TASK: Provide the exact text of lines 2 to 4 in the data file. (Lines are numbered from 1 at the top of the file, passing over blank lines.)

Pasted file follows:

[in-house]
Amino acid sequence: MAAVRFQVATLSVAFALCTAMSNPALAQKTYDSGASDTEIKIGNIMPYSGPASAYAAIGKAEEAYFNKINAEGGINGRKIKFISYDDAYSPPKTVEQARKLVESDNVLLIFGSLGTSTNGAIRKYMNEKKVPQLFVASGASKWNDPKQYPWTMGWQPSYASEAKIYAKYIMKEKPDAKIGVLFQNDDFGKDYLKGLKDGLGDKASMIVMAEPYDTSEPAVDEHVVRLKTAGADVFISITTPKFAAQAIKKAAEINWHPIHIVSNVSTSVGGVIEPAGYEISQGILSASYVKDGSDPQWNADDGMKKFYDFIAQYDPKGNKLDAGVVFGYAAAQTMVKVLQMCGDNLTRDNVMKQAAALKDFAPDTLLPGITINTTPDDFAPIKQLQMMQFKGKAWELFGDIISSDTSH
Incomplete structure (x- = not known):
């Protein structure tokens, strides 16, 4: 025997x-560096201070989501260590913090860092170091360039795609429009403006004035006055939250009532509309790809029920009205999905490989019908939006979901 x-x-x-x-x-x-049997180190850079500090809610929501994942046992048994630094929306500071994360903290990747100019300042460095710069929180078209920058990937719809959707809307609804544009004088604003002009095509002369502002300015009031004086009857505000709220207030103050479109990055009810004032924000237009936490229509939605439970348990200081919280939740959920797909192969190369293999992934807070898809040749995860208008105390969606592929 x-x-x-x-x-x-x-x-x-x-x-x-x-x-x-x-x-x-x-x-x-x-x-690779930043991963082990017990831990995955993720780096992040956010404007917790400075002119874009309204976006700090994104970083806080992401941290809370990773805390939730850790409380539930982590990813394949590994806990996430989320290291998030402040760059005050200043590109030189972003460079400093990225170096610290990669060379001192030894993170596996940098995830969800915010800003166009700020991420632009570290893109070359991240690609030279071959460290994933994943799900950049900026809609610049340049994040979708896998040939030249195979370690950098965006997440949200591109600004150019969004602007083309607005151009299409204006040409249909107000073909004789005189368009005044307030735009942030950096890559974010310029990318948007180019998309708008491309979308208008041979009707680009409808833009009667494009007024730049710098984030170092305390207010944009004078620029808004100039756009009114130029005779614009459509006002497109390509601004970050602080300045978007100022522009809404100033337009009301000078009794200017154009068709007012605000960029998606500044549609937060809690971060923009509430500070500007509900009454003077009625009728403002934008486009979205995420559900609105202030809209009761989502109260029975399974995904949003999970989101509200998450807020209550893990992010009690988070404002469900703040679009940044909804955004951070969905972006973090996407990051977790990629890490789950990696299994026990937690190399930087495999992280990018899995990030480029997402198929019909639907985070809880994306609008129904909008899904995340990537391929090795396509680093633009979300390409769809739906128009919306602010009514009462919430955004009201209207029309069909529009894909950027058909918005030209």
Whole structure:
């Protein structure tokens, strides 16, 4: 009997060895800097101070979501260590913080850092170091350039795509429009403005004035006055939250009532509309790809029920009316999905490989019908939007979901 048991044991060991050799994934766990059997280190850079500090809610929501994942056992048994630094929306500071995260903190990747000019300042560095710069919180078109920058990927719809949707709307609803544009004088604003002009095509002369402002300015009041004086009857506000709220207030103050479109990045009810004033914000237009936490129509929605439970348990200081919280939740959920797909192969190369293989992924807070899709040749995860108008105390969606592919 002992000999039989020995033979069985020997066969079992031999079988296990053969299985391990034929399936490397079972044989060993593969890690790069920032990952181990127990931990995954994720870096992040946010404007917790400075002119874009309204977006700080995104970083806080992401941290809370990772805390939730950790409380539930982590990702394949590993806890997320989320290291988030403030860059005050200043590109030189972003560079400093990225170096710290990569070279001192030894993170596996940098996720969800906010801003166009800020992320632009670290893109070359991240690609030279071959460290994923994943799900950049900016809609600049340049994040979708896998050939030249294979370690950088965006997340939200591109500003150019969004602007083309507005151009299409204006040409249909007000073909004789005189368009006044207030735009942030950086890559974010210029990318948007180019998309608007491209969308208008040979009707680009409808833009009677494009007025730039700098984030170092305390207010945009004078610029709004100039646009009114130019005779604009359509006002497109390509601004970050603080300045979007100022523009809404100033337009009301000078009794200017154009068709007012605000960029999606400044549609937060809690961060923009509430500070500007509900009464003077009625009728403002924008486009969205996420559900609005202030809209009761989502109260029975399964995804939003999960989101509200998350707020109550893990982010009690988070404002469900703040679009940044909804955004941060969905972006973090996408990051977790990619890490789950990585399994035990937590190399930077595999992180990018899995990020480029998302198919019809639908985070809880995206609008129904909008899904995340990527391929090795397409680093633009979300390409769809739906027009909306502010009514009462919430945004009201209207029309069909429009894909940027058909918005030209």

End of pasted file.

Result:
Amino acid sequence: MAAVRFQVATLSVAFALCTAMSNPALAQKTYDSGASDTEIKIGNIMPYSGPASAYAAIGKAEEAYFNKINAEGGINGRKIKFISYDDAYSPPKTVEQARKLVESDNVLLIFGSLGTSTNGAIRKYMNEKKVPQLFVASGASKWNDPKQYPWTMGWQPSYASEAKIYAKYIMKEKPDAKIGVLFQNDDFGKDYLKGLKDGLGDKASMIVMAEPYDTSEPAVDEHVVRLKTAGADVFISITTPKFAAQAIKKAAEINWHPIHIVSNVSTSVGGVIEPAGYEISQGILSASYVKDGSDPQWNADDGMKKFYDFIAQYDPKGNKLDAGVVFGYAAAQTMVKVLQMCGDNLTRDNVMKQAAALKDFAPDTLLPGITINTTPDDFAPIKQLQMMQFKGKAWELFGDIISSDTSH
Incomplete structure (x- = not known):
């Protein structure tokens, strides 16, 4: 025997x-560096201070989501260590913090860092170091360039795609429009403006004035006055939250009532509309790809029920009205999905490989019908939006979901 x-x-x-x-x-x-049997180190850079500090809610929501994942046992048994630094929306500071994360903290990747100019300042460095710069929180078209920058990937719809959707809307609804544009004088604003002009095509002369502002300015009031004086009857505000709220207030103050479109990055009810004032924000237009936490229509939605439970348990200081919280939740959920797909192969190369293999992934807070898809040749995860208008105390969606592929 x-x-x-x-x-x-x-x-x-x-x-x-x-x-x-x-x-x-x-x-x-x-x-690779930043991963082990017990831990995955993720780096992040956010404007917790400075002119874009309204976006700090994104970083806080992401941290809370990773805390939730850790409380539930982590990813394949590994806990996430989320290291998030402040760059005050200043590109030189972003460079400093990225170096610290990669060379001192030894993170596996940098995830969800915010800003166009700020991420632009570290893109070359991240690609030279071959460290994933994943799900950049900026809609610049340049994040979708896998040939030249195979370690950098965006997440949200591109600004150019969004602007083309607005151009299409204006040409249909107000073909004789005189368009005044307030735009942030950096890559974010310029990318948007180019998309708008491309979308208008041979009707680009409808833009009667494009007024730049710098984030170092305390207010944009004078620029808004100039756009009114130029005779614009459509006002497109390509601004970050602080300045978007100022522009809404100033337009009301000078009794200017154009068709007012605000960029998606500044549609937060809690971060923009509430500070500007509900009454003077009625009728403002934008486009979205995420559900609105202030809209009761989502109260029975399974995904949003999970989101509200998450807020209550893990992010009690988070404002469900703040679009940044909804955004951070969905972006973090996407990051977790990629890490789950990696299994026990937690190399930087495999992280990018899995990030480029997402198929019909639907985070809880994306609008129904909008899904995340990537391929090795396509680093633009979300390409769809739906128009919306602010009514009462919430955004009201209207029309069909529009894909950027058909918005030209």